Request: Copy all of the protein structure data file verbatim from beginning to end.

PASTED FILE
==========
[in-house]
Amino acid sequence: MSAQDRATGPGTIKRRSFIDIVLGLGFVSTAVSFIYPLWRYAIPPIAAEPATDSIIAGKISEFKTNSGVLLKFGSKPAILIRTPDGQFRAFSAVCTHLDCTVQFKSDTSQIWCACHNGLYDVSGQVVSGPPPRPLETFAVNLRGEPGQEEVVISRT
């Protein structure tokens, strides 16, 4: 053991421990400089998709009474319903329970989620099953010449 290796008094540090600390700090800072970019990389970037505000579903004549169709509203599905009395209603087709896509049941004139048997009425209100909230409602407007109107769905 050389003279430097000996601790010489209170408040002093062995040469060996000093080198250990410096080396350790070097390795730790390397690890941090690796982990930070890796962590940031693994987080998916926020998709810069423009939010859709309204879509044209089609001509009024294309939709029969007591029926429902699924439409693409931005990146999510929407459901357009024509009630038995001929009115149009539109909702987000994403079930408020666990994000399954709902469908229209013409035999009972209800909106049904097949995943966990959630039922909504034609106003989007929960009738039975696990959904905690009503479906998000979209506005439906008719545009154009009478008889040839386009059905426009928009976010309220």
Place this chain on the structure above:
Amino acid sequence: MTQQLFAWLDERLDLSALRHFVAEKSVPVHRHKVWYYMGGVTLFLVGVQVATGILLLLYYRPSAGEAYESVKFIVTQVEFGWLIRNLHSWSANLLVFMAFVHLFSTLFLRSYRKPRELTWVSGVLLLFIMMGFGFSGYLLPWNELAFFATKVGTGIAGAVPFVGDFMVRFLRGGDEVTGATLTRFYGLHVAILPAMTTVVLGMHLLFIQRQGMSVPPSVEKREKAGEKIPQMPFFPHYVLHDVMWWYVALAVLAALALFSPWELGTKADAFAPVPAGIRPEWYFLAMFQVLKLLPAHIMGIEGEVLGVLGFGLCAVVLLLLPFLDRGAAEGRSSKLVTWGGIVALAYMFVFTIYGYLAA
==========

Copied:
[in-house]
Amino acid sequence: MSAQDRATGPGTIKRRSFIDIVLGLGFVSTAVSFIYPLWRYAIPPIAAEPATDSIIAGKISEFKTNSGVLLKFGSKPAILIRTPDGQFRAFSAVCTHLDCTVQFKSDTSQIWCACHNGLYDVSGQVVSGPPPRPLETFAVNLRGEPGQEEVVISRT
């Protein structure tokens, strides 16, 4: 053991421990400089998709009474319903329970989620099953010449 290796008094540090600390700090800072970019990389970037505000579903004549169709509203599905009395209603087709896509049941004139048997009425209100909230409602407007109107769905 050389003279430097000996601790010489209170408040002093062995040469060996000093080198250990410096080396350790070097390795730790390397690890941090690796982990930070890796962590940031693994987080998916926020998709810069423009939010859709309204879509044209089609001509009024294309939709029969007591029926429902699924439409693409931005990146999510929407459901357009024509009630038995001929009115149009539109909702987000994403079930408020666990994000399954709902469908229209013409035999009972209800909106049904097949995943966990959630039922909504034609106003989007929960009738039975696990959904905690009503479906998000979209506005439906008719545009154009009478008889040839386009059905426009928009976010309220």
Place this chain on the structure above:
Amino acid sequence: MTQQLFAWLDERLDLSALRHFVAEKSVPVHRHKVWYYMGGVTLFLVGVQVATGILLLLYYRPSAGEAYESVKFIVTQVEFGWLIRNLHSWSANLLVFMAFVHLFSTLFLRSYRKPRELTWVSGVLLLFIMMGFGFSGYLLPWNELAFFATKVGTGIAGAVPFVGDFMVRFLRGGDEVTGATLTRFYGLHVAILPAMTTVVLGMHLLFIQRQGMSVPPSVEKREKAGEKIPQMPFFPHYVLHDVMWWYVALAVLAALALFSPWELGTKADAFAPVPAGIRPEWYFLAMFQVLKLLPAHIMGIEGEVLGVLGFGLCAVVLLLLPFLDRGAAEGRSSKLVTWGGIVALAYMFVFTIYGYLAA